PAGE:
The easiest way to cut down on waste going into the waste stream is to get a compost bin. And start looking on waste as a resource rather than rubbish. Food scraps should go into a compost bin. But there are some waste foods that are still usable before they get to be compost.
Meat bones can be boiled for stock. If you don't want to boil them immediately, simply put your chicken carcass in a plastic carrier bag (another waste product!) and then place in the freezer. Boil up at a later date perhaps when you have more bones to add to your collection.
Chicken stock is a good base for soups and one I am planning soon is nettle soup. More about that at a later date.
Apple cores and the skins of citris fruits have a useful purpose before they finally end up in the compost bin. Put them into a plastic bag and store in the freezer. Add to the bag until such point as you have enough to boil up for making jelly. Then you can put the pulp left over from this into the compost bin. We call the jelly we make this way "compost heap" jelly!
Years ago, when I kept rabbits (I haven't kept livestock for quite a few years now) apple cores etc all got fed to the bunnies. But if you do keep livestock, much uncooked kitchen waste is an important source of fodder.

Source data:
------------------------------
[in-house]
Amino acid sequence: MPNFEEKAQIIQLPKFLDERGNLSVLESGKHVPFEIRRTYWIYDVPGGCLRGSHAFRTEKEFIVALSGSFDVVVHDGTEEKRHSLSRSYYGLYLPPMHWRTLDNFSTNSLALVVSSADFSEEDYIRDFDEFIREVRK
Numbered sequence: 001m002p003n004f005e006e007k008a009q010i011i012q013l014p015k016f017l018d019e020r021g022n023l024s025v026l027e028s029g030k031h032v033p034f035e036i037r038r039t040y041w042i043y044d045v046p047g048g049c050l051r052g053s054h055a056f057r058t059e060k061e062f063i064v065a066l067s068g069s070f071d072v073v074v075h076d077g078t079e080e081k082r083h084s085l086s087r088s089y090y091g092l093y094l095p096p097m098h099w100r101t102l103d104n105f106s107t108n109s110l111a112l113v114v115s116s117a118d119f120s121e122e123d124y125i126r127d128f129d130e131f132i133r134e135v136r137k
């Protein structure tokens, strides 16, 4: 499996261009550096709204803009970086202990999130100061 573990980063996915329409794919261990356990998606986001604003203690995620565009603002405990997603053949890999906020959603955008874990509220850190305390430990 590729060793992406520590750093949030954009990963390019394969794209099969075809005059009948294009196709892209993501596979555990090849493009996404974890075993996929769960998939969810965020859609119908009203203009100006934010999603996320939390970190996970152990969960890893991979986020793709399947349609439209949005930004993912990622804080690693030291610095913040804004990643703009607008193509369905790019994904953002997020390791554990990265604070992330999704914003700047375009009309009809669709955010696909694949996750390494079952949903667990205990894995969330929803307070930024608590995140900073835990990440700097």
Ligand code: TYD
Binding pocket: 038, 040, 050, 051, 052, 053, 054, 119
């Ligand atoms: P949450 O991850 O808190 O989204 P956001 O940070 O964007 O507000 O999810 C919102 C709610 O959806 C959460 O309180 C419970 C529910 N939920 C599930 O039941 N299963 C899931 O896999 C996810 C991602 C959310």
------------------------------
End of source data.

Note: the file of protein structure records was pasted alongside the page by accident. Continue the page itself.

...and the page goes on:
Other waste that can be converted into a useful resouurce is paper and card. Most councils collect paper for recycling, some collect card as well. My council in Gateshead collects only paper. My house in London is in Bromley where card and paper are collected. However, using as much of it as possible in a way that avoids it going into the waste stream (even for recycling) is better for the environment. So we put much of our cardboard and some paper into our compost bins in our gardens in both Sunniside and London. Make sure any paper and card is mixed up with wet waste to make it rot quicker. If you put in quite a bit of paper, pour into the compost bin a few buckets of (waste) water. My bath water ends up either on the plants or into the compost bins.
And finally, never throw out jam jars. If you are heading for self sufficiency, you will need lots! My colleagues at work also give me empty cava and champagne bottles, useful for making homemade champagne.
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